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Midland council to remain remote a little longer

·4 min read

Members of the public waiting for Midland council to reconvene in-person sessions might not want to hold their breath.

During a recent committee of the whole meeting, CAO David Denault provided a verbal update of COVID-19 as it pertained to North Simcoe and the town itself.

Denault touched upon an announcement earlier this month by Dr. Charles Gardner, medical officer of health for the Simcoe Muskoka District Health Unit (SMDHU), which put an additional layer of protection for public safety in indoor sports and recreation facilities for the region.

“You get the regulations from the province, and you can get an order from the chief medical officer which overrides that to some degree,” Denault explained. “(Dr. Gardner) would like, starting November 25th, to include people who would normally be excluded; and those are coaches and officials who are going into those facilities, they will also be required to present vaccination proof.”

Coun. Bill Gordon pointed out that under provincial guidelines, individuals providing proof of double vaccination status to restaurants are able to gather “shoulder-to-shoulder, masks off” and asked Denault when Midland council would reconvene in the chamber instead of governing through remote conferencing.

Denault replied, “On a good day in that council chamber, there’s not great audio to begin with. We’ve tested the chamber using various methods to see if we can offer a hybrid and the feedback is still pretty strong to allow that, because the spacing in that particular area would not allow any meaningful public representation.”

Andy Campbell, executive director of environment and infrastructure, added that council had previously approved close to $100,000 for upgrades to the chamber, but new assessments over regulations can change plans incredibly fast.

“This morning we were actually looking at plexiglass barriers on the horseshoe (council seating configuration) to allow where the current councillors sit,” Campbell stated. “And then later in the day the health unit said, ‘oh, you need six-foot spacing,' so that means we can only put five people at the horseshoe. So even our plans this morning for the number of plexiglass barriers between each councillor changed.

“I hope by the end of the week we’ll have some information back from some vendors, but I wouldn’t expect us to be able to get in there for the November 18th meeting; we’ll have to see about the December meeting,” Campbell speculated.

Gordon continued to press the matter, continually bringing back the comparison to restaurant rules. Denault understood Gordon’s point of view.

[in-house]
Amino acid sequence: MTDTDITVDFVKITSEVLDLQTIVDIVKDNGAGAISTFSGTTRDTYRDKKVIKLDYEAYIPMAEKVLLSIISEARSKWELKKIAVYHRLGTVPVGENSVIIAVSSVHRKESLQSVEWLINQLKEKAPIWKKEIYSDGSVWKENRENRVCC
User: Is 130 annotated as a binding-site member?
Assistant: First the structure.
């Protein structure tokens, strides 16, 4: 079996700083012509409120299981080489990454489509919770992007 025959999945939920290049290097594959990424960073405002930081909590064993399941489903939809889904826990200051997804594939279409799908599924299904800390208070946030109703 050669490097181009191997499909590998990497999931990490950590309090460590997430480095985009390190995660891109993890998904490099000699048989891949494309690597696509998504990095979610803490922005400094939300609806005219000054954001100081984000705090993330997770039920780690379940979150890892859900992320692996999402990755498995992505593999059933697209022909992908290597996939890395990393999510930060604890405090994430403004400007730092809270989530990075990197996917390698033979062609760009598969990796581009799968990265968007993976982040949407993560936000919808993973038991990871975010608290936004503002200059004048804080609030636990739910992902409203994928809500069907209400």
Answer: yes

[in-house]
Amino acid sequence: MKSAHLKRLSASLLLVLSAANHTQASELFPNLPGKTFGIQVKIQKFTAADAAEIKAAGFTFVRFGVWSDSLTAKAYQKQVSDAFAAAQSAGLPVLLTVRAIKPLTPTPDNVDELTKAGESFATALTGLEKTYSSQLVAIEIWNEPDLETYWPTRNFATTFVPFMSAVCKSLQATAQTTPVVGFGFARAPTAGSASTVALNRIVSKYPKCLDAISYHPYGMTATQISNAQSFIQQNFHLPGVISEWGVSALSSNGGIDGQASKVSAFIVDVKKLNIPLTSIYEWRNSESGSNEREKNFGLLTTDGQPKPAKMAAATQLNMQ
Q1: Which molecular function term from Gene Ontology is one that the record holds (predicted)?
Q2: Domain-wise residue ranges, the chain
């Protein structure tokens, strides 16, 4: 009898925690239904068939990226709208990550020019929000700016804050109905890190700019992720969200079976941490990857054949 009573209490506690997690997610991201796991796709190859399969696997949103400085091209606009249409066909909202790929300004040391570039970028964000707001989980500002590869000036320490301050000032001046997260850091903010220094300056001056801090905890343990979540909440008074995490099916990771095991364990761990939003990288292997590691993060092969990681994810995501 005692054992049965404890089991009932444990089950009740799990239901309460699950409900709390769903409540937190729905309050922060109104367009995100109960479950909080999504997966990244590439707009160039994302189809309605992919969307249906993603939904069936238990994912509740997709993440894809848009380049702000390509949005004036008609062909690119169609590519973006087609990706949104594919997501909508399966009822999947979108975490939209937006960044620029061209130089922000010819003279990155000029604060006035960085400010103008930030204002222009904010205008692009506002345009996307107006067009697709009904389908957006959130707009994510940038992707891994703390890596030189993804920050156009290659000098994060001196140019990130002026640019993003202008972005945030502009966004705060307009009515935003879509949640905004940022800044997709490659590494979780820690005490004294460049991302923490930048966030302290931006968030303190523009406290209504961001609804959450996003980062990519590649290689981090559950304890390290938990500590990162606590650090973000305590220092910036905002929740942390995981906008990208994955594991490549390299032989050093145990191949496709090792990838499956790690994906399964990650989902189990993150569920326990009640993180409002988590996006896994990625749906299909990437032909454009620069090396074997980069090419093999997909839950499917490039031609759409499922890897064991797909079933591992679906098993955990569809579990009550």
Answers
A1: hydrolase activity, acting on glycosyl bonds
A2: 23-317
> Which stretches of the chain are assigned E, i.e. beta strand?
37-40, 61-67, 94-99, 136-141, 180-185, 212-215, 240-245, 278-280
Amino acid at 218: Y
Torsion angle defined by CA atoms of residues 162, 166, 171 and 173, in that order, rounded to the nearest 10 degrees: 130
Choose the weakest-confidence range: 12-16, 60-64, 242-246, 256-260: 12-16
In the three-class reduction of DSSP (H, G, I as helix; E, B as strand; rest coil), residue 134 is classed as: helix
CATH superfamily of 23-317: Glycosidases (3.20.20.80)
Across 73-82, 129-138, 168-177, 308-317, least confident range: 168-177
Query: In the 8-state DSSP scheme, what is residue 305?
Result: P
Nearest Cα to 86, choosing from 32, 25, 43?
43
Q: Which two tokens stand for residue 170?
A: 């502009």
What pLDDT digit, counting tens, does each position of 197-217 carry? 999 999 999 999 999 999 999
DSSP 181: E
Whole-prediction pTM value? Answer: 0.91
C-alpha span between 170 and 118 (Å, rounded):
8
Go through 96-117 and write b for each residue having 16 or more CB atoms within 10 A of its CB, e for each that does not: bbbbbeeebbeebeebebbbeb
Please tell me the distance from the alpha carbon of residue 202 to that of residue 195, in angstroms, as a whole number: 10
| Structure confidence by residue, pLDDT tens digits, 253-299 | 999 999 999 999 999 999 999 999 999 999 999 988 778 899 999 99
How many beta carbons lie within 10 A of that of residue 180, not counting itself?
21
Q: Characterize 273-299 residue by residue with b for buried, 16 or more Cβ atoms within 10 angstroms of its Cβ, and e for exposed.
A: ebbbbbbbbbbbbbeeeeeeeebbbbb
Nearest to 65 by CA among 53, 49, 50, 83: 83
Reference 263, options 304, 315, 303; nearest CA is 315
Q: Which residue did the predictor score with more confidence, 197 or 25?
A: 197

“There are Ontario regulations, and there are Health Unit regulations. And they can be different to some degree,” said Denault. “I alluded to -- on November 25 -- the Health Unit has pushed us to go farther, in terms of officials coming into that rec centre being vaccinated; the Ontario policy didn’t require that, the Health Unit pushed us that way."

Mayor Stewart Strathearn, the sole member of council in the chamber during the meeting, called the situation “perplexing.”

“I’ll just confirm that it’s awfully quiet in here without the rest of council, so I’d love to see you back here… earphone hair and all. I guess Coun. Gordon doesn’t have to worry about that,” Strathern added jokingly.

But just five kilometres down the road, Penetanguishene councillors attended their first in-chamber regular meeting earlier this month with ample spacing between staff and plexiglass barriers between each member of council.

Tay council will be addressing their COVID-19 vaccination policy for staff on the agenda during their regular meeting later this week.

And just this week, the province lifted capacity limits for some locations where proof of vaccination is required, with intent to remove public health measures including mask mandates by March of 2022 as conditions see fit.

Earlier in the meeting, council approved a COVID-19 vaccination policy, which applies to council along with board and committee members.

Strathearn praised the policy.

“It’s even-handed, and for the most part, equal application across the board. I’m looking forward to the day when we don’t have to worry about this anymore, as I’m sure we all are," he said.

Information on the COVID-19 vaccination policy for council, board and committee members can be found on the town of Midland website agenda page.

Council meetings are held on the first and third Wednesdays of each month, and can be viewed on Rogers TV cable channel 53, or through the livestream on the Rogers TV website. Archives of council meetings are available through Rogers TV and on the Town of Midland’s YouTube channel.

Derek Howard, Local Journalism Initiative Reporter,

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